The traditional rendering of the first commandment, consistent with the Latin translation (The Vulgate) is quite helpful in one respect, and not at all helpful in another. By helping us to see that worship of any other god is a sin even without an idol (as would be lost with our alternative option, “before your face”), we are able to grasp the fuller meaning of scripture. It is just as wrong to worship conceptual gods, as Marcion and Mohamed proclaimed, as it is to worship a deity represented by an idol. Unfortunately, the same customary translation that helps us in this respect also fails us by combining the first and second commandment into one commandment (followed by the equally mistaken custom of dividing the tenth commandment into two separate commandments), weakening the strength of this teaching. This was corrected by the Church of England, both in its very first Book of Common Prayer and in the early translations of the Bible into English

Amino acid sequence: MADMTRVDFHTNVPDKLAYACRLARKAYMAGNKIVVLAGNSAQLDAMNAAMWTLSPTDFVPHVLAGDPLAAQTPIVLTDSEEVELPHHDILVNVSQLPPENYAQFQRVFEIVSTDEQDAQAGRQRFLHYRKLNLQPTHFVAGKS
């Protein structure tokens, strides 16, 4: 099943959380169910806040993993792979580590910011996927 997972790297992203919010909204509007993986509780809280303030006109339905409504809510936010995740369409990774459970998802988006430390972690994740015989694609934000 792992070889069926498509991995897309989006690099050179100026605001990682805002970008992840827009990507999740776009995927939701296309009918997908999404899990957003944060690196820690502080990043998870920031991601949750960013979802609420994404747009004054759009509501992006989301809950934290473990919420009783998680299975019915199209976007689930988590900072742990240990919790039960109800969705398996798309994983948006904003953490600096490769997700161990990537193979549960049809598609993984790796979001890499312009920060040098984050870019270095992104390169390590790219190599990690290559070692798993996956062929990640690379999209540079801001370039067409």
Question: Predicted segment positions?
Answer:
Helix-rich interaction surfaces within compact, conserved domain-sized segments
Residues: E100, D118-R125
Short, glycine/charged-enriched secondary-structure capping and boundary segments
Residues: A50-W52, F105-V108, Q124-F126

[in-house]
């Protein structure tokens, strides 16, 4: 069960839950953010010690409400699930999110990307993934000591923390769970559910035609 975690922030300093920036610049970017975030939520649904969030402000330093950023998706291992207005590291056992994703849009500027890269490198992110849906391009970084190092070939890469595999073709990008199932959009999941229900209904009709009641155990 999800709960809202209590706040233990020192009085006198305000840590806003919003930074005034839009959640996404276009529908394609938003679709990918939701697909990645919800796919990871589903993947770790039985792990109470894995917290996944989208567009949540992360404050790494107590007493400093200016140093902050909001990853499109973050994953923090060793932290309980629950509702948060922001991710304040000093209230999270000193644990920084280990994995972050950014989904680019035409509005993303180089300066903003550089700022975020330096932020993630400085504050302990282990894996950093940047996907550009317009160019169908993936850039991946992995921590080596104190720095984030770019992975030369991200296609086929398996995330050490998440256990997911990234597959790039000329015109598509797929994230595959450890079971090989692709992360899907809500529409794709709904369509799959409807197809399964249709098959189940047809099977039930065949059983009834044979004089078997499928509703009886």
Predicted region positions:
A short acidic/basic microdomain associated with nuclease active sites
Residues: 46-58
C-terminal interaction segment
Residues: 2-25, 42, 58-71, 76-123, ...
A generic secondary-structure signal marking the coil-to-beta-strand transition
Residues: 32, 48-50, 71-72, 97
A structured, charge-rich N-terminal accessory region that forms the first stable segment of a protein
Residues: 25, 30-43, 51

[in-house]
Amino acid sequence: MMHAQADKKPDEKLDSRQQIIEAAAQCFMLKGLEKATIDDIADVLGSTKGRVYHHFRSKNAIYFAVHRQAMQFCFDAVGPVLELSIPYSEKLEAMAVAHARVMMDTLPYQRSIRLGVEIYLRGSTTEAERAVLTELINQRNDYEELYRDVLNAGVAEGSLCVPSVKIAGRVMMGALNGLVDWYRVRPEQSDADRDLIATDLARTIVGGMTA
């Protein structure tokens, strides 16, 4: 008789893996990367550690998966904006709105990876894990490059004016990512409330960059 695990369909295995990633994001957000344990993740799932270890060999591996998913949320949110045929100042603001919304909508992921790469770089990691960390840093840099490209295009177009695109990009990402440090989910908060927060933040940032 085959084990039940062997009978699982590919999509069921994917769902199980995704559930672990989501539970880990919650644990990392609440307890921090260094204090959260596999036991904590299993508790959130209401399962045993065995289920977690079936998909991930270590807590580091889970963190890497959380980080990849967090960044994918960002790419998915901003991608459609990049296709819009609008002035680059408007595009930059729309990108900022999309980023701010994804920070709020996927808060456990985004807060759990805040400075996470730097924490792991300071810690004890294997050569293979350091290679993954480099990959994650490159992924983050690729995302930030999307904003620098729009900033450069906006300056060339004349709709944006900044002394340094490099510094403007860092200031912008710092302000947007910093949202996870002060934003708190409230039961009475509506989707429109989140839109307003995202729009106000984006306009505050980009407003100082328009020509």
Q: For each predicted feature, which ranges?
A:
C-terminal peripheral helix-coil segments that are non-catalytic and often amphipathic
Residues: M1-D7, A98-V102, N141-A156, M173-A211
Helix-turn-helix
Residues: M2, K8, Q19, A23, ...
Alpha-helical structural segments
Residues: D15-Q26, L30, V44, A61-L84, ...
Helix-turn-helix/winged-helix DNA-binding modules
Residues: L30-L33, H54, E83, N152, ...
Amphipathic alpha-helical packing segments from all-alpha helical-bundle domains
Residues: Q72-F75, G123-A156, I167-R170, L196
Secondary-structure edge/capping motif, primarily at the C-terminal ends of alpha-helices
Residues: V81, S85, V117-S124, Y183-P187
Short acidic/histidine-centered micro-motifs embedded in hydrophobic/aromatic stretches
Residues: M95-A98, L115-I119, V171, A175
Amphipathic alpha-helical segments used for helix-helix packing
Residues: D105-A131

Raphael wrote also:
For this reason [by which he refers to what he said about the Vulgate], the Douay-Rheims is considered the definitive translation.
I prefer the translation of 1611. "Translated out of the original tongues, and with the former translations diligently compared and revised, by his Majesty's special command." The translators were aided by their use of the original Hebrew and Greek texts. On the other hand, their conservatism kept them from making arbitrary and radical changes in traditional meaning. Without the second part, their diligence in comparison to former translations, they may have felt free to use translation as an excuse to be overly creative. That is, not that accurate translation would have been the problem, but the feeling and assumption of poetic license. This presumption of too much authority by some modern translators has led to utterly false renderings. In a previous article, I provided the following example (about the first error in one of the worst versions of the Bible available in English):